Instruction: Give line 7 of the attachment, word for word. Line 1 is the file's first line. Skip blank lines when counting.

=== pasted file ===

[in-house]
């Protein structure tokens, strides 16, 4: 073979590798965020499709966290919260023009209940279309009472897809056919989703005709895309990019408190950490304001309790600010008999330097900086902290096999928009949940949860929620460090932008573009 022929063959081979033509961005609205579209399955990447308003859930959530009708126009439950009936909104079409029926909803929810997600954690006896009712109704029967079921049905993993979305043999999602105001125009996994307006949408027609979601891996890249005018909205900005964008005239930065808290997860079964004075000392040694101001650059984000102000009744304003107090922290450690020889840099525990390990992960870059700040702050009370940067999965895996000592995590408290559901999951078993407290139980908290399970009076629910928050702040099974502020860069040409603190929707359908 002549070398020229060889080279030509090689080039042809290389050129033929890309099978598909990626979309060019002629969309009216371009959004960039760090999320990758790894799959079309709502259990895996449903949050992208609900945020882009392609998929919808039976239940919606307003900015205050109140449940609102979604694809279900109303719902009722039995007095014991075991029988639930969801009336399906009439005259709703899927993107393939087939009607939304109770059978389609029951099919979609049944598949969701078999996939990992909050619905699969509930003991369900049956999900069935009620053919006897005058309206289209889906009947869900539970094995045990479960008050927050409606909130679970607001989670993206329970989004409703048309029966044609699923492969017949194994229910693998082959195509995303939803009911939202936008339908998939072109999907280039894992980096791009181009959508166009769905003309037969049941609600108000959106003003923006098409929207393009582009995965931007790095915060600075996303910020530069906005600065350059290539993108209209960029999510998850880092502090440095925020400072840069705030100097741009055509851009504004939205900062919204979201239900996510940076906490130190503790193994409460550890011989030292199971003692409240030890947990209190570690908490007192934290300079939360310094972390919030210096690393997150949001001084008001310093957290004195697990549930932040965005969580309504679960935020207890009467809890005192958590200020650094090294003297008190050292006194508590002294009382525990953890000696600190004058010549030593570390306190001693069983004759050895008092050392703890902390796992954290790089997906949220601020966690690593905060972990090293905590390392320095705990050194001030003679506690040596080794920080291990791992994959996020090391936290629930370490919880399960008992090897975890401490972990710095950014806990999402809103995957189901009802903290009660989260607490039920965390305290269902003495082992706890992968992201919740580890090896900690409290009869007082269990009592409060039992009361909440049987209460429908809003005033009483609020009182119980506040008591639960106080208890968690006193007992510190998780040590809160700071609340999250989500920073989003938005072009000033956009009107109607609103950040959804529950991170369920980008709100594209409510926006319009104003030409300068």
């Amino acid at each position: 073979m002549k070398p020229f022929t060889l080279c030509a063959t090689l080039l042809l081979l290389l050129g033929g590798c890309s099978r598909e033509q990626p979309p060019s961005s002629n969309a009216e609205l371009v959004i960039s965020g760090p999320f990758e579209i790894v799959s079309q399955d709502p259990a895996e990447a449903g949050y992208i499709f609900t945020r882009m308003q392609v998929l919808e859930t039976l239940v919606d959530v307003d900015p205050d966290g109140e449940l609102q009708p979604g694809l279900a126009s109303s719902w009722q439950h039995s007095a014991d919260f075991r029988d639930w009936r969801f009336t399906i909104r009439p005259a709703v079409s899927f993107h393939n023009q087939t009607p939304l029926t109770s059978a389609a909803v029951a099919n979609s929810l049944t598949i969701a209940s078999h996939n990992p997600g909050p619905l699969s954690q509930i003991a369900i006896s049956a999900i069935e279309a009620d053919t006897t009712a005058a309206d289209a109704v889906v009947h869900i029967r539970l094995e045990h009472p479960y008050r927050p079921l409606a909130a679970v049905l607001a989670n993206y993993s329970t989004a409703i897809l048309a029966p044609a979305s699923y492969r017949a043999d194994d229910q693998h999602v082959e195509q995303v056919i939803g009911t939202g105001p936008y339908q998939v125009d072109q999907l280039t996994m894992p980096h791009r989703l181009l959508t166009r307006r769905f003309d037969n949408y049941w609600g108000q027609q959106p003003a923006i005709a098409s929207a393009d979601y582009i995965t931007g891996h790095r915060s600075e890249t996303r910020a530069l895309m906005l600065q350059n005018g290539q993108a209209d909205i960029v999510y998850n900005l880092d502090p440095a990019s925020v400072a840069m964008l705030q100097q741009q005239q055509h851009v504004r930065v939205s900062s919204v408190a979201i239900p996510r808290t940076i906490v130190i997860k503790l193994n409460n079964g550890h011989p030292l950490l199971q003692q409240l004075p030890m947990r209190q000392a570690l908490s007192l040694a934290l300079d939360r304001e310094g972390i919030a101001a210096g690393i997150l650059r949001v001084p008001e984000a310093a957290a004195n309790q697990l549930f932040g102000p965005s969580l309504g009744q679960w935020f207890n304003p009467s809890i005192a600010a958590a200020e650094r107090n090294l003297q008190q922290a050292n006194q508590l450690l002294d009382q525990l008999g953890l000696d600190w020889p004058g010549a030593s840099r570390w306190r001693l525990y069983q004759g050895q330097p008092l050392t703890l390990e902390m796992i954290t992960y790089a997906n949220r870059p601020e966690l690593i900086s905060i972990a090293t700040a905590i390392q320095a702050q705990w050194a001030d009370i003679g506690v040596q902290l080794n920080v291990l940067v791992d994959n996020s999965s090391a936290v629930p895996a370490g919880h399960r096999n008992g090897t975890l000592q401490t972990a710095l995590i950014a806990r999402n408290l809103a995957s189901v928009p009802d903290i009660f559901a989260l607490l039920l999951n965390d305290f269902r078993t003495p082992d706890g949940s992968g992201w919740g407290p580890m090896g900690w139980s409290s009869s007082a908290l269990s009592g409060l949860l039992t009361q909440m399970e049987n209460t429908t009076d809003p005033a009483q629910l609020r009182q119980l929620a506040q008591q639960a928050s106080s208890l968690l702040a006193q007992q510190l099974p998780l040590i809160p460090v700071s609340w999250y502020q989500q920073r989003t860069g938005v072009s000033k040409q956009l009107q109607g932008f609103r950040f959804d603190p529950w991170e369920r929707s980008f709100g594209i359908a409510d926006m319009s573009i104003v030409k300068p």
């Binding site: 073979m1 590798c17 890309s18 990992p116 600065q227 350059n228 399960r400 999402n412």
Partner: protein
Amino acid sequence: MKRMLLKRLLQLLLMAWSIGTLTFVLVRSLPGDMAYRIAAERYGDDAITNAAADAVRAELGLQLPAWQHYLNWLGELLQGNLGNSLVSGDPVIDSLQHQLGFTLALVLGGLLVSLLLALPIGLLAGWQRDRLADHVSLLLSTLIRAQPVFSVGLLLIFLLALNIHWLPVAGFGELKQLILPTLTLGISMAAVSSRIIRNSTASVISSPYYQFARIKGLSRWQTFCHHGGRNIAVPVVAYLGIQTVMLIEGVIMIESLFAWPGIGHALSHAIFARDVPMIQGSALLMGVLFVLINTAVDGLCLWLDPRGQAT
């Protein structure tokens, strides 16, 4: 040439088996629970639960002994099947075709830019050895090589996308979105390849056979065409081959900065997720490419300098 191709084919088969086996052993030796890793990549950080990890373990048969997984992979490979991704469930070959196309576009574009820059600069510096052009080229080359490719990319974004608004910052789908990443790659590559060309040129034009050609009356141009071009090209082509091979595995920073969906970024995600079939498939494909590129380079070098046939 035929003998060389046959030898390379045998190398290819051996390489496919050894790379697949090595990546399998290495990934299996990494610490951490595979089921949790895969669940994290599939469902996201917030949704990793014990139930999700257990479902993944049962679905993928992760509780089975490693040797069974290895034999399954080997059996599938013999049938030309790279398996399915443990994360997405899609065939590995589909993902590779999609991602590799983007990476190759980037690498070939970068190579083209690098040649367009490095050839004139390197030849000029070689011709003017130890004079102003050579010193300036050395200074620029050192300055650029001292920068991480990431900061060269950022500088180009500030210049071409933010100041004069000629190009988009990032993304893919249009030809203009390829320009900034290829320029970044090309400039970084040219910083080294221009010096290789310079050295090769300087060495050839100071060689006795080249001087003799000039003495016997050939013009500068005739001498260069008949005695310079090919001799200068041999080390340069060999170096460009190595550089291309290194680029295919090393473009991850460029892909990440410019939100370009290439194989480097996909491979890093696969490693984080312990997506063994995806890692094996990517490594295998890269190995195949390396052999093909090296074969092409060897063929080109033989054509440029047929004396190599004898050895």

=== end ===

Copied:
């Protein structure tokens, strides 16, 4: 040439088996629970639960002994099947075709830019050895090589996308979105390849056979065409081959900065997720490419300098 191709084919088969086996052993030796890793990549950080990890373990048969997984992979490979991704469930070959196309576009574009820059600069510096052009080229080359490719990319974004608004910052789908990443790659590559060309040129034009050609009356141009071009090209082509091979595995920073969906970024995600079939498939494909590129380079070098046939 035929003998060389046959030898390379045998190398290819051996390489496919050894790379697949090595990546399998290495990934299996990494610490951490595979089921949790895969669940994290599939469902996201917030949704990793014990139930999700257990479902993944049962679905993928992760509780089975490693040797069974290895034999399954080997059996599938013999049938030309790279398996399915443990994360997405899609065939590995589909993902590779999609991602590799983007990476190759980037690498070939970068190579083209690098040649367009490095050839004139390197030849000029070689011709003017130890004079102003050579010193300036050395200074620029050192300055650029001292920068991480990431900061060269950022500088180009500030210049071409933010100041004069000629190009988009990032993304893919249009030809203009390829320009900034290829320029970044090309400039970084040219910083080294221009010096290789310079050295090769300087060495050839100071060689006795080249001087003799000039003495016997050939013009500068005739001498260069008949005695310079090919001799200068041999080390340069060999170096460009190595550089291309290194680029295919090393473009991850460029892909990440410019939100370009290439194989480097996909491979890093696969490693984080312990997506063994995806890692094996990517490594295998890269190995195949390396052999093909090296074969092409060897063929080109033989054509440029047929004396190599004898050895």